Have you ever noticed that a thirty-minute walk on a sunny day brings about a boost of confidence and feelings of calmness? The sun is a natural inducer for the production of the hormone serotonin which brings about feelings of wellness. The sun has a lot of influence on health and personal well being but first, let us look at the sun in history.
The Ancients’ View of the Sun
Ever since the very first ancient civilizations like the Sumerians of Mesopotamia (4500 BC) and Ancient Egypt (3000 BC), the sun was associated with mystical powers. Stonehenge and the Pyramids of Egypt are some examples of structures that point towards sun worship.
The Greeks and Romans worshiped the solar planetary deities including the sun. June 21st, the summer solstice was the beginning of the new year for some ancient Greek civilizations. On this date, the Romans pay homage to Vesta, the goddess of the hearth.
Health Properties of the Sun
- As mentioned earlier, the sun boosts the levels of the hormone serotonin in the body which brings about calmness.
- The sun is a source of Vitamin D. The skin converts the sun’s UV rays into Vitamin D. 15 to 30-minute exposure to the sun on face and arms five times a week should be enough.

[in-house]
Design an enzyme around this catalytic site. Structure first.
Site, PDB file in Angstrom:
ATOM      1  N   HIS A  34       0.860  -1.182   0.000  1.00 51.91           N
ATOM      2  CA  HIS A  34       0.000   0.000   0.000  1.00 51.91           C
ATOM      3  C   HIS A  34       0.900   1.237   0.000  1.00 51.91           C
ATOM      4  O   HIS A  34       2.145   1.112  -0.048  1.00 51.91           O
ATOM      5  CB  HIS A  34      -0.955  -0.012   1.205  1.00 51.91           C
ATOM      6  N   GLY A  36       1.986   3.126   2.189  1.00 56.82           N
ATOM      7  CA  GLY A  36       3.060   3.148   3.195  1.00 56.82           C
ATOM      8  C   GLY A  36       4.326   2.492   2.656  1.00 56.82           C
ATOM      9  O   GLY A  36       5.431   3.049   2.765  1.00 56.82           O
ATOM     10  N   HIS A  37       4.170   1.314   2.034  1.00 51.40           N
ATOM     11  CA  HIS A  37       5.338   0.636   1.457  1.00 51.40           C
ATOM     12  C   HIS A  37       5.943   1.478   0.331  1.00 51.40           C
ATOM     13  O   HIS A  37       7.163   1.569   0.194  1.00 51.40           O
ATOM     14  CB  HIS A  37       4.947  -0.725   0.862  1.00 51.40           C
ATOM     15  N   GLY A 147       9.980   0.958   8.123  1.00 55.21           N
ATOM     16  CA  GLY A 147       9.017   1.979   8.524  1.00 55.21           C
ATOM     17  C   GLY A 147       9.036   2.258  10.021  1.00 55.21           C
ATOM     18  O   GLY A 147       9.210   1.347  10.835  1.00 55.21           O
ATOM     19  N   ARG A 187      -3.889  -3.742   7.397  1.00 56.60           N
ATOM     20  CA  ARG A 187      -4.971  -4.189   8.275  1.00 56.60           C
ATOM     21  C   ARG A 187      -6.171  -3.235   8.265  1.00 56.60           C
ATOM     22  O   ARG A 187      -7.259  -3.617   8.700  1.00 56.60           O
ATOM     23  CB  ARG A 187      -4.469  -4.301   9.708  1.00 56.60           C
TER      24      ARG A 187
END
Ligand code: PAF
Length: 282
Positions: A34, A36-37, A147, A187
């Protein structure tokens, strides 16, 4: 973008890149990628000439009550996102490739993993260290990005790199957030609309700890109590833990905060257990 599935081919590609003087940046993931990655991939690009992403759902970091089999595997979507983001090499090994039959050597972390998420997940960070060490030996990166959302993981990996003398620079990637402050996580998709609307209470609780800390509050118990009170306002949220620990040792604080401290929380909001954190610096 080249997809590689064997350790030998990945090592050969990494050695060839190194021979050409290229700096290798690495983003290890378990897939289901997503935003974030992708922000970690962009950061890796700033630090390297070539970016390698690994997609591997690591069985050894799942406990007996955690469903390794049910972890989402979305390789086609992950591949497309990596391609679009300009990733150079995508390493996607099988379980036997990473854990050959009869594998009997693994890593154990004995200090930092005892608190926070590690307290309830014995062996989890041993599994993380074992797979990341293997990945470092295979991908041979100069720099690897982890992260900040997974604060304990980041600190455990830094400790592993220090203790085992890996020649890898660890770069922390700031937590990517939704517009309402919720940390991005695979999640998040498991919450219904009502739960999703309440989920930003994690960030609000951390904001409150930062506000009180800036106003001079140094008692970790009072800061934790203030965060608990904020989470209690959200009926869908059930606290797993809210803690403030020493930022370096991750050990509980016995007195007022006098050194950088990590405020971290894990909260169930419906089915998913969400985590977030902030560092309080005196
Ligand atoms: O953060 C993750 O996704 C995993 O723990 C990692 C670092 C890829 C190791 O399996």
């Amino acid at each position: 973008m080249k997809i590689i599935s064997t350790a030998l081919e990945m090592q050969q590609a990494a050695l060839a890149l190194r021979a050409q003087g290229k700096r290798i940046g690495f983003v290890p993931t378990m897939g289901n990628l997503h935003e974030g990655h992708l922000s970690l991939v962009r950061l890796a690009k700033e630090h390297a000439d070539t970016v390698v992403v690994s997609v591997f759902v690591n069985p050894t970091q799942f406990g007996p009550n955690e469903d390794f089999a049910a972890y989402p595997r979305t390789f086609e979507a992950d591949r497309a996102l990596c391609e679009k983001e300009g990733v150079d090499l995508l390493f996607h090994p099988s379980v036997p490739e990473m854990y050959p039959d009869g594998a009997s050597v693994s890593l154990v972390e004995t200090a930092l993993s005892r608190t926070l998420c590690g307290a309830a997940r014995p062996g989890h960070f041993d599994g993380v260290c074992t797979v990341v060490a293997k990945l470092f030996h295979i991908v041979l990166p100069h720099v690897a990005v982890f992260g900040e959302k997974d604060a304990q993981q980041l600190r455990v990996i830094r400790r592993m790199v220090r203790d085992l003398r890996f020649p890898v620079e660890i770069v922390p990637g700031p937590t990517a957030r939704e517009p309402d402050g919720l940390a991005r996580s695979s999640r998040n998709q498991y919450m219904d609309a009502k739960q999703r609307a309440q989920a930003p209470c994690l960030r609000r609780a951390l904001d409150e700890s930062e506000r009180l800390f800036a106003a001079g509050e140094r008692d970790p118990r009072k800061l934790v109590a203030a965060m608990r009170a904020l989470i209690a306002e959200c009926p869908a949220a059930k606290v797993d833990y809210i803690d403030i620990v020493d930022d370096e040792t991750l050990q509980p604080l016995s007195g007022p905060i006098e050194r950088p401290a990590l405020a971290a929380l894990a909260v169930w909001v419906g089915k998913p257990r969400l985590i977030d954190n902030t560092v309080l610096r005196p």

- The sun indirectly plays a role in the absorption of calcium and phosphorous in the body which facilitates healthy bones and nerve transmission respectively. Vitamin 0 controls the incorporation of these minerals.
- Exposure to sunlight keeps the circadian rhythm in check. When serotonin is produced in the sun, it means that the hormone melatonin (induced by darkness) fosters a good night’s rest keeping the body fresh to carry out activities when awake.
- The sun keeps stress and depression at bay because with serotonin boosted, cortisol and stress hormones are limited. It prevents Season Affective Disorder (SAD)
Sun exposure should be regulated because over-exposure can be damaging to the skin. Generally, dark-skinned people should spend more time in the sun while light-skinned people should keep it to a minimum.